This is the first of two installments of Samuel Archibald's “自害 (Jigai),” from the short story collection Arvida, forthcoming in the US from Biblioasis on November 24. The collection has been shortlisted for the Giller Prize, Canada's largest award for fiction.
The men say:
She came from the ends of the earth with pebbles in her pockets.
We never knew anything else. Very little, in any case.
She came from the ends of the earth with pebbles in her pockets, and she lived for a while in the boarding house of Akira Gengei, the innkeeper. He knew her best. But very little, he says. He does know that back there, where she came from, things happened to her that shouldn’t happen to a woman and especially not a child. He says he doesn’t know why she came here, and probably neither does she. After, she bought old Mifune’s house and we never learned anything more.
We don’t much like foreigners around here, but even if this was before the war, there was already a fascination, in the cities and the countryside, for the West. For America, especially.
She made a place for herself. We never knew if she truly became a subject of the Empire, but after a while she had herself called Misaka. Because she never gave any other name. And since soon the people of Sapporo and Asahikawa began to send young people her way to board with her during the summer so they’d learn America’s customs and languages, we all began to call her Misaka-sensei.
She’d come from the ends of the earth and she’d landed here, on the peninsula.
Did she know that Shiretoko, in the language of the Ainus, meant just that, “the ends of the earth?”
I came from the ends of the earth with pebbles in my pockets.
They may have told you so. They may have added that Shiretoko means “ends of the earth,” but they are mistaken. My host, Akira Gengei, was half Ainu. He hid it of course, but not from me. People often hide nothing from me. Akira Gengei belonged to the last generation that spoke the language well. Everywhere in Hokkaido, at the time, Ainu parents raised their children in ignorance. They thought that the best way to protect them from others’ scorn was to conceal from them their origins. They thought that the suffering of their race would disappear along with the shame of belonging to that race. They were not afraid of dying out in the process, because they believed that a people is still itself, no matter what name it assumes. Gengei-san explained to me that a more accurate translation of Shiretoko would have been “there where the world goes beyond itself,” or “there where the world bursts its banks.” That pleased me enormously. We were not, in Rausu, at the outer limits of everything, but already on the other side.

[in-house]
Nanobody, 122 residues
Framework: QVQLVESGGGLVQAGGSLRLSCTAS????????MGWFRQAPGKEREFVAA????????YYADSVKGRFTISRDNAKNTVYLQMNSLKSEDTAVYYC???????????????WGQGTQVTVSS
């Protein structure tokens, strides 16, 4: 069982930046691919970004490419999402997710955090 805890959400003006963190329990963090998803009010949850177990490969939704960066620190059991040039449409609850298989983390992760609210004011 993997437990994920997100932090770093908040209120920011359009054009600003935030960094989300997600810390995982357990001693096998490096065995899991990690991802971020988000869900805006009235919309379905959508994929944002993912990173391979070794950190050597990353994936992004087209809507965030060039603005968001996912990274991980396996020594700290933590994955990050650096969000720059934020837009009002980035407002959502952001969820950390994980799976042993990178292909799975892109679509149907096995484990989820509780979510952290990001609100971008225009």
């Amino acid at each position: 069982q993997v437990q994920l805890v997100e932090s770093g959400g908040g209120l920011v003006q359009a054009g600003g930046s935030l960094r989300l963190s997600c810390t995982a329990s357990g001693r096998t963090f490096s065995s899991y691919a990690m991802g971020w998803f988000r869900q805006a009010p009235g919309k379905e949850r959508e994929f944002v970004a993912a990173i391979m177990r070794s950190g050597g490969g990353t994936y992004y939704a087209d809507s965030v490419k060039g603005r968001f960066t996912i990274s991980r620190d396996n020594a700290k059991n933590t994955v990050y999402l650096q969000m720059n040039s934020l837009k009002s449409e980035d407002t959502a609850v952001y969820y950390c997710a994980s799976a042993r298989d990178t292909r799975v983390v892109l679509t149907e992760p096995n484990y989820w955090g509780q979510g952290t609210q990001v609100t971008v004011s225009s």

I came from the ends of the earth with pebbles in my pockets.
They may have told you. They couldn’t have told you why. No one ever knew. Other than Reiko. I brought them to sow, like seeds, and carry with me a bit of my native landscape. You can plant pebbles where you like and nothing of them will sprout, nothing of them will grow, and that’s perhaps a sad notion for people here and elsewhere, but not for me. I spread them on the road one night, among pebbles just like themselves. The pebbles, like the landscapes, were the same. There was nothing of myself to bring here, and I didn’t come for that. I was far away now, where no one could ever find me, but I soon realized that I’d chosen the identical land, that I had always been, as here, remote from the world, and there would be no elsewhere, never an elsewhere, until I transcended myself.
The village was called Rausu, but the elders still called it Uembetsu, because it had for a long time borne that name. The summers were mild here and the village full of visitors, but the winters were terrible, just like where I’d come from, for months they cut off all of Hokkaido’s north coast from the world. That’s when I most liked the life here. There were the same long mountains everywhere, a bit soft, a bit lazy, that stretched out low in the landscape as far as the eye could see, and the trees were like at home, I won’t say where, black silhouettes that kept their needles for the whole year, and held the snow in their branches until they were like great soft ghosts frozen into the winter.
It’s my uncle who took care of me after the boat carrying my parents sank to the bottom of the sea of Okhotsk. He was already looking after me before that, and as a little girl I felt as if my father, my mother and myself were dolls with porcelain faces on exhibit at the Inoué property, curios gathering dust while waiting for my uncle’s visits. My mother dusted and sewed. My father drank, in the village and at home, but was always able to eat with us in silence and to climb stiff-backed up to his room. When my uncle arrived, my parents became servants and I became the lady of the manor. Rausu was the summer estate of my uncle Inoué. He was the master and father and the unofficial mayor of the village, and he never came in the winter and it seemed that we ourselves in the winter didn’t really exist.